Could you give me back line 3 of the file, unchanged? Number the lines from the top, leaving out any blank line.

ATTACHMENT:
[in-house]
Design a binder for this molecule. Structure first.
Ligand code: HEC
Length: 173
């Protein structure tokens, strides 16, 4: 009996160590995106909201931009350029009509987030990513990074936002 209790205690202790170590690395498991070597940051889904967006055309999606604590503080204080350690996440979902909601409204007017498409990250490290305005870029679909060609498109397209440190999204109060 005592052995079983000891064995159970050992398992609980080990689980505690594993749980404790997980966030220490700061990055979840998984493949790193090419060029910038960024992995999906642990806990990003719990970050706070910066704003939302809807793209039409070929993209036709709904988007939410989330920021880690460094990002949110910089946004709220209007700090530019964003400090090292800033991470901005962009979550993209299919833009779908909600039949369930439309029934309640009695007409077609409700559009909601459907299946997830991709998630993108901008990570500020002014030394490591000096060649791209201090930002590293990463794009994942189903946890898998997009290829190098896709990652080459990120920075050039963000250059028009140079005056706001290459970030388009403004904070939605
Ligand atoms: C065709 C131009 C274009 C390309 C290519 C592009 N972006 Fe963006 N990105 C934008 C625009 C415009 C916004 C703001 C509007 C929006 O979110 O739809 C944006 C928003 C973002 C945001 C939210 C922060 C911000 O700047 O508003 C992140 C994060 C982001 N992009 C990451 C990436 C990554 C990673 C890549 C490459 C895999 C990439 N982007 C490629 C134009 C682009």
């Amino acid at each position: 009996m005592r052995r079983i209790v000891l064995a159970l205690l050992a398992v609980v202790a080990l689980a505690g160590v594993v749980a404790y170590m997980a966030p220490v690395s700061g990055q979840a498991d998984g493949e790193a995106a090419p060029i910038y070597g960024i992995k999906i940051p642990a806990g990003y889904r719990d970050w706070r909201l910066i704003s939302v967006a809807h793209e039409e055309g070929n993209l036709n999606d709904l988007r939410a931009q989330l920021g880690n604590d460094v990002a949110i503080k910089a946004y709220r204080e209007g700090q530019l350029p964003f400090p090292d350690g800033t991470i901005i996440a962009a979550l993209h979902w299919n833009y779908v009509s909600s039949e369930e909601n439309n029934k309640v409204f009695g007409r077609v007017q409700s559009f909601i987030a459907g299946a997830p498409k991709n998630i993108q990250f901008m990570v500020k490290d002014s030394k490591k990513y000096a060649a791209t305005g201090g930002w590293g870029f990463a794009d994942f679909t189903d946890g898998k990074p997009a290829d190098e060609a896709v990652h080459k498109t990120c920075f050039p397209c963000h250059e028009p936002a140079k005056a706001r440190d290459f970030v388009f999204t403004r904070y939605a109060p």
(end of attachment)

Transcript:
Ligand code: HEC